Taking the long view, I think it’s helpful to remember where our political terminology comes from. I remember learning in high school that the terms right and left are simply relics of the French Revolution, when members of the National Assembly randomly divided themselves on the right (monarchist) and left (revolutionary) sides of the room in order to hear themselves over their opponents’ shouts. I like the terms conservative and progressive (rather than liberal) because they better connote the desires of people who thus self-identify. Conservatives want to conserve, they want to retain what they or their country had in the past: traditional values, traditional ways of doing things. They look back to a lost time when life was better, people were happier, and their beliefs were not under attack from new ideas. Their goal is to deliver society out of its contemporary morass by making the future more like the past. Progressives, on the other hand, look forward; they want to progress. They see the past with all its warts and want to create a future that is more just, pleasant, and egalitarian than anything we’ve seen before. Conservatives look back to a paradise lost, progressives forward to a coming utopia.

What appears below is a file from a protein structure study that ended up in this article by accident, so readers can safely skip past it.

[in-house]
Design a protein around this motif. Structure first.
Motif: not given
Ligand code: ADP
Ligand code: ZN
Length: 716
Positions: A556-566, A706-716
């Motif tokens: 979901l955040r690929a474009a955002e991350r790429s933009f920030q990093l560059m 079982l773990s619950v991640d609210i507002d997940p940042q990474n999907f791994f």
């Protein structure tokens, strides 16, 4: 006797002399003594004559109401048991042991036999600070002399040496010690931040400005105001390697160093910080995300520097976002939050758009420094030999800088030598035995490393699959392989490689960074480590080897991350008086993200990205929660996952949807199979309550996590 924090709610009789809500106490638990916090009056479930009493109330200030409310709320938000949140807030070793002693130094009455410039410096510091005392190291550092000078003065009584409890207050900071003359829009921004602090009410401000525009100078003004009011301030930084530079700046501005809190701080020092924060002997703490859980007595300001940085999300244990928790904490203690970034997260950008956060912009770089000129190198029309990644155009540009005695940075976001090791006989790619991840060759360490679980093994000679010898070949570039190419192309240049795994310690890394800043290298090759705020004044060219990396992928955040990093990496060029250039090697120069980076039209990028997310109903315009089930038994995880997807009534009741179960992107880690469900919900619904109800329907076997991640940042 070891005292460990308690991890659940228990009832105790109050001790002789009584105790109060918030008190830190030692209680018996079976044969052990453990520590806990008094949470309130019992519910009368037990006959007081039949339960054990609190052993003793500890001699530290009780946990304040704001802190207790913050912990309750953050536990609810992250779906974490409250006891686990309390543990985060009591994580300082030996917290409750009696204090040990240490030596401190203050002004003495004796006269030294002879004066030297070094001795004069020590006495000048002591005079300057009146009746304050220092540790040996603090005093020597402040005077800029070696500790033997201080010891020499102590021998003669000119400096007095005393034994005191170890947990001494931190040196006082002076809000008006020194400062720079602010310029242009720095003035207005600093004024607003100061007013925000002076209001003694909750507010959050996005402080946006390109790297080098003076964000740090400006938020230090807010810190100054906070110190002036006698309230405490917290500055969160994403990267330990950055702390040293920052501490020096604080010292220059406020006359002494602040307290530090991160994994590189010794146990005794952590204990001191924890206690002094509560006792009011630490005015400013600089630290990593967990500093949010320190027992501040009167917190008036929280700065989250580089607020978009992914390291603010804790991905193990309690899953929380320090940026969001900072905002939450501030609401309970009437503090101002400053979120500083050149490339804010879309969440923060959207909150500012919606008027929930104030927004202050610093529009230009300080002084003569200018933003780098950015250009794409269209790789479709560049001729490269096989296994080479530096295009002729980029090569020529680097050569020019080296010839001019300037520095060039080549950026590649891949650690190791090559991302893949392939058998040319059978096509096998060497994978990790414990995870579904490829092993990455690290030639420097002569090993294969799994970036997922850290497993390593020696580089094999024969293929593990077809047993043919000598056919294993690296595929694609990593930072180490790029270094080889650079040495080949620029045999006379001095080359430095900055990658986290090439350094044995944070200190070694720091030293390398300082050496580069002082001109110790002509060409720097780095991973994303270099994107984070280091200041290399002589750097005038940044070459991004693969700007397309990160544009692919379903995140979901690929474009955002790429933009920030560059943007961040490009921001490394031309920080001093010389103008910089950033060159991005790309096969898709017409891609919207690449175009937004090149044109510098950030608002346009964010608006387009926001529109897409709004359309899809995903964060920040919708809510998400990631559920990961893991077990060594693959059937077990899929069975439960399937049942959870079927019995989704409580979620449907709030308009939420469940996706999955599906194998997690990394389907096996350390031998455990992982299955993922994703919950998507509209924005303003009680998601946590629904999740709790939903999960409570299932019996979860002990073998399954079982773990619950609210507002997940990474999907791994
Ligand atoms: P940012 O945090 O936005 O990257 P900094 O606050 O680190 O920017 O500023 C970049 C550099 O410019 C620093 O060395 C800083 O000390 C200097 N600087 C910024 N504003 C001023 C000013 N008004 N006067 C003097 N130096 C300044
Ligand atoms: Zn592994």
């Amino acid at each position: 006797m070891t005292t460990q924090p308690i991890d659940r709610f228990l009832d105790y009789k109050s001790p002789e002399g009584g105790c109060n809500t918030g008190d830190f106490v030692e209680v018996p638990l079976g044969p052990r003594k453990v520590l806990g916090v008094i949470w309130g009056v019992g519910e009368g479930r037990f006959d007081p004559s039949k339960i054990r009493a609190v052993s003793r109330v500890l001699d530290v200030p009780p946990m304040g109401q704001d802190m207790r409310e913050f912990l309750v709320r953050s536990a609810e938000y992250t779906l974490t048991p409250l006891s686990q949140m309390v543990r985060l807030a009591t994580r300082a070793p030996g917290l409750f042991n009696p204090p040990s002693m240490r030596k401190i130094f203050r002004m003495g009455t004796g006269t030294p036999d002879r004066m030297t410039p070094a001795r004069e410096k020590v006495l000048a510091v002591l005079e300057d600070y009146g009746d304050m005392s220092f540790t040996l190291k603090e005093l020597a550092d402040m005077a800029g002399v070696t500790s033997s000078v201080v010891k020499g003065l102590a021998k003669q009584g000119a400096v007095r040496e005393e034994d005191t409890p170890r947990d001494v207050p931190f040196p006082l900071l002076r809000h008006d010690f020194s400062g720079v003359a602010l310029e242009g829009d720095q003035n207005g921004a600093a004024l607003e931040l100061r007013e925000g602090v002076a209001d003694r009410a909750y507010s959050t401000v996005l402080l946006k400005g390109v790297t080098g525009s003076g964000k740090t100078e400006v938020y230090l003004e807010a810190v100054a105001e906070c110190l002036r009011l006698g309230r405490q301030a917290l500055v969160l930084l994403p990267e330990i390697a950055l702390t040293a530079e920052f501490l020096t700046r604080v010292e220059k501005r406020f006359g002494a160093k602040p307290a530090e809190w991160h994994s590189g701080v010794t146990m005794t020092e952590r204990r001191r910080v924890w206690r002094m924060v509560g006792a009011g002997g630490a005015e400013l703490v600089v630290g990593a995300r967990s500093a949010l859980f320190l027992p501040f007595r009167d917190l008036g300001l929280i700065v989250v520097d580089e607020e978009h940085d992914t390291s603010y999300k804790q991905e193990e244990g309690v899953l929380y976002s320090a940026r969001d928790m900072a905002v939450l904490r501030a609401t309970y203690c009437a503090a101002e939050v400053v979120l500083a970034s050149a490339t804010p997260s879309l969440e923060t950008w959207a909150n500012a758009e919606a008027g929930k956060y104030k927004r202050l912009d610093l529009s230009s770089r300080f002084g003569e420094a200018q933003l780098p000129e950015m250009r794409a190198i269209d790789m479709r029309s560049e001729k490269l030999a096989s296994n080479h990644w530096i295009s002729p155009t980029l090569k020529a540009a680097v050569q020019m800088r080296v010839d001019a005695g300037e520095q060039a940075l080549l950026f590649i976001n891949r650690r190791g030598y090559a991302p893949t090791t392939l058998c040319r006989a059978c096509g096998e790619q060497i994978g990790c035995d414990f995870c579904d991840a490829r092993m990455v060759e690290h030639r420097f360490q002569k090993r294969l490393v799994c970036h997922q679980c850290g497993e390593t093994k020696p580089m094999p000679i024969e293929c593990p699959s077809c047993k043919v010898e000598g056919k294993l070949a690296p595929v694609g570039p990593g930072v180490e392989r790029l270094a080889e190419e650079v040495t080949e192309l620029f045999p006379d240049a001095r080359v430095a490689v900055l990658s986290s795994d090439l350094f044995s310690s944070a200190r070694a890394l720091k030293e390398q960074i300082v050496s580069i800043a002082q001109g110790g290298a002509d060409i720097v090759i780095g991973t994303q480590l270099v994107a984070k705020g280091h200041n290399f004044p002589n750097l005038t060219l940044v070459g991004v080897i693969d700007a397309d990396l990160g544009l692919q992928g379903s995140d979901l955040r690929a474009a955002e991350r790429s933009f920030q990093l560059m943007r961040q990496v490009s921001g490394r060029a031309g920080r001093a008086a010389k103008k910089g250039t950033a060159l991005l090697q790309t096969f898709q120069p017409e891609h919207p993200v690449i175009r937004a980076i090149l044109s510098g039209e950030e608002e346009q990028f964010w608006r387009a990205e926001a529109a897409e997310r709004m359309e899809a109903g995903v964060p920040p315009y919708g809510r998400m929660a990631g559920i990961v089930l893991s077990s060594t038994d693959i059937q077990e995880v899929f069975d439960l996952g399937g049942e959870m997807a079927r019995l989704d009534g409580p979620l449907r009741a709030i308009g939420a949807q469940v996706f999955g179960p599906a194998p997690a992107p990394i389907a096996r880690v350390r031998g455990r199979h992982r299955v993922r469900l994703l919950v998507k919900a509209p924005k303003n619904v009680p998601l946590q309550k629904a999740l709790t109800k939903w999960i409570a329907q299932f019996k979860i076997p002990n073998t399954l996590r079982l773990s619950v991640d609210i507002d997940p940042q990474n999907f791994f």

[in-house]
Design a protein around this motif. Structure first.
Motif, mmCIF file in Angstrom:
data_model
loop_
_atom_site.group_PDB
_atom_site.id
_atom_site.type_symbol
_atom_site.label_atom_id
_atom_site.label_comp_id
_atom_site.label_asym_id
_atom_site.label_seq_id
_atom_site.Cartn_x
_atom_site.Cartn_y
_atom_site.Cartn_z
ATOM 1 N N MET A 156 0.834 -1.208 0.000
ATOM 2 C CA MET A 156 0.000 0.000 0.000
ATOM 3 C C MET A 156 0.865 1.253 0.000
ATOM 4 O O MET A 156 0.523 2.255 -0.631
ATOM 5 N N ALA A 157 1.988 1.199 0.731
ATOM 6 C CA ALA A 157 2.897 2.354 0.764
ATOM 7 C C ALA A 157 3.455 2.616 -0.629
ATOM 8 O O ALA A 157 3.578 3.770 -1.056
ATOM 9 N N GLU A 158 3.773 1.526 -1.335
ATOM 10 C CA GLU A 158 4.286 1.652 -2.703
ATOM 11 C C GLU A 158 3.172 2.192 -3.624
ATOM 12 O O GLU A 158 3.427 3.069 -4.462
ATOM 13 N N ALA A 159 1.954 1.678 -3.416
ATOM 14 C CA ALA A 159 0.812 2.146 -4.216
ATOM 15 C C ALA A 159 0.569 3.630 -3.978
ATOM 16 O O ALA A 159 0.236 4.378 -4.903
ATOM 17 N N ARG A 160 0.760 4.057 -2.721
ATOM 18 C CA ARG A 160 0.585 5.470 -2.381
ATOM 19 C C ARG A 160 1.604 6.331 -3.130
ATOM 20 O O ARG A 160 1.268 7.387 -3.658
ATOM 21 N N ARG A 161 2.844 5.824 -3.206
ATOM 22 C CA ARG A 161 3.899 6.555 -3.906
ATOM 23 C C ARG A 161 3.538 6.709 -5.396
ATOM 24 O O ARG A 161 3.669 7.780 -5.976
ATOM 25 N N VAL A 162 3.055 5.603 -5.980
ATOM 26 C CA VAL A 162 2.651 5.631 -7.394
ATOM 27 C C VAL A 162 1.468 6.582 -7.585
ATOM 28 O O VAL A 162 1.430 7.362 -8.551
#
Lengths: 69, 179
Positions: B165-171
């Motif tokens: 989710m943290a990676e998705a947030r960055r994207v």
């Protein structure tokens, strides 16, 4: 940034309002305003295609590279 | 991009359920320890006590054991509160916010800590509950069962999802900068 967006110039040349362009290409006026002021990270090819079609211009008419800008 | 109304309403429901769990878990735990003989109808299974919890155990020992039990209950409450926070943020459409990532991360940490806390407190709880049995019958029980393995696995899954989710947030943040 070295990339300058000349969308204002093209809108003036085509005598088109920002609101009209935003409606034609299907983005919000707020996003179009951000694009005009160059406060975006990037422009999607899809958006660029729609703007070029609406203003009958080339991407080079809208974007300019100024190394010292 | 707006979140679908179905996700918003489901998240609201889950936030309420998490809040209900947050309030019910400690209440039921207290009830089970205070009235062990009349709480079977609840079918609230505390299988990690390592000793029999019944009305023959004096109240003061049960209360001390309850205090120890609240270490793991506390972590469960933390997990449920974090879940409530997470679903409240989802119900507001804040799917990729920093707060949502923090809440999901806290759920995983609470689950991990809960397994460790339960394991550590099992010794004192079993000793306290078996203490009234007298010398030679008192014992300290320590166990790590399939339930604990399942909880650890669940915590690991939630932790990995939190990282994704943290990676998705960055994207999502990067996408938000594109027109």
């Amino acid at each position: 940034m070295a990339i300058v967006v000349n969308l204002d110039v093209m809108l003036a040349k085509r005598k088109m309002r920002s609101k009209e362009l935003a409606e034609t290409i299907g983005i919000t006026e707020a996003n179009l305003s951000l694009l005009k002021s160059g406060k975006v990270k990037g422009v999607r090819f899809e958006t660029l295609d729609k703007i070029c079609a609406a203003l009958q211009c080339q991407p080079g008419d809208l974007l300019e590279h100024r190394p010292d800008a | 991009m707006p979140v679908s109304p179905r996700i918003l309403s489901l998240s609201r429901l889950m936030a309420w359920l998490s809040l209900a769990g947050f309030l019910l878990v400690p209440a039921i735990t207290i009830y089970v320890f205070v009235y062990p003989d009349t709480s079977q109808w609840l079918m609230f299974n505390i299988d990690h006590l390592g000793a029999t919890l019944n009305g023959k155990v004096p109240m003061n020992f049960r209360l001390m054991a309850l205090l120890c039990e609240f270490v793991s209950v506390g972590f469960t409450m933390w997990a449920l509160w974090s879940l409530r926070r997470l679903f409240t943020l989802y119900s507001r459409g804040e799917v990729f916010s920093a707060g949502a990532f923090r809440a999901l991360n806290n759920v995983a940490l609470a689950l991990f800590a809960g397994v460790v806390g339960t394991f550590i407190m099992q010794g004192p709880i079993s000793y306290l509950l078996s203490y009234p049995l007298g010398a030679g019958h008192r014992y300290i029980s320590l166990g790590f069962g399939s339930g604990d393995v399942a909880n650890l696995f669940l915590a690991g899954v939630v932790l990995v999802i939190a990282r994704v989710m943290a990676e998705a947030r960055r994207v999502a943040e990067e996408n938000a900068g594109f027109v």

Where do Latter-day Saints sit? I think the tenth Article of Faith puts us right in the middle: “We believe in the literal gathering of Israel and in the restoration of the Ten Tribes; that Zion (the New Jerusalem) will be built upon the American continent; that Christ will reign personally upon the earth; and, that the earth will be renewed and receive its paradisiacal glory.” We look back to Adam and Eve and the earth before the fall, Israel before its apostasy, Zion before it was taken to heaven, and we want to regain that state; we believe that Christ’s atonement was specifically planned before the earth’s creation to achieve that. But we also look forward to Christ’s second coming, when the glories of the new Jerusalem will surpass those of the old—or even of Enoch’s city—and the renewing of the earth as it fulfills the measure of its law and transforms into the Celestial Kingdom. We look back to the prophets but forward to their prophecies’ fulfillment. We trace back our ancestors and our priesthood authority, but do it to bless our children and those who come after us. Our past physical bodies, a great gift, will be renewed and perfected in the resurrection.We will go back into God's presence but with the new stature as exalted beings ourselves. Basically, we want to conserve all that the gospel has given us as we progress toward the millennium. Remembering this can help us see beyond immigration policy to the greater vision Elder Maxwell was talking about.
But we still live here in mortality, it’s still a fallen world, and immigration policy still needs to be addressed. I’m grateful to live in a country that guarantees me the right to freely exercise my religion and to belong to a church that allows all men the same privilege, to worship how, where, or what they may—and encourages me to exercise my franchise and be involved in my community and the political process. I greatly appreciate Church leaders’ oft-repeated declarations of political neutrality and, like I said, I’m gratified that one result of Mitt Romney’s campaign has been to shine a light on the breadth of Mormon political belief.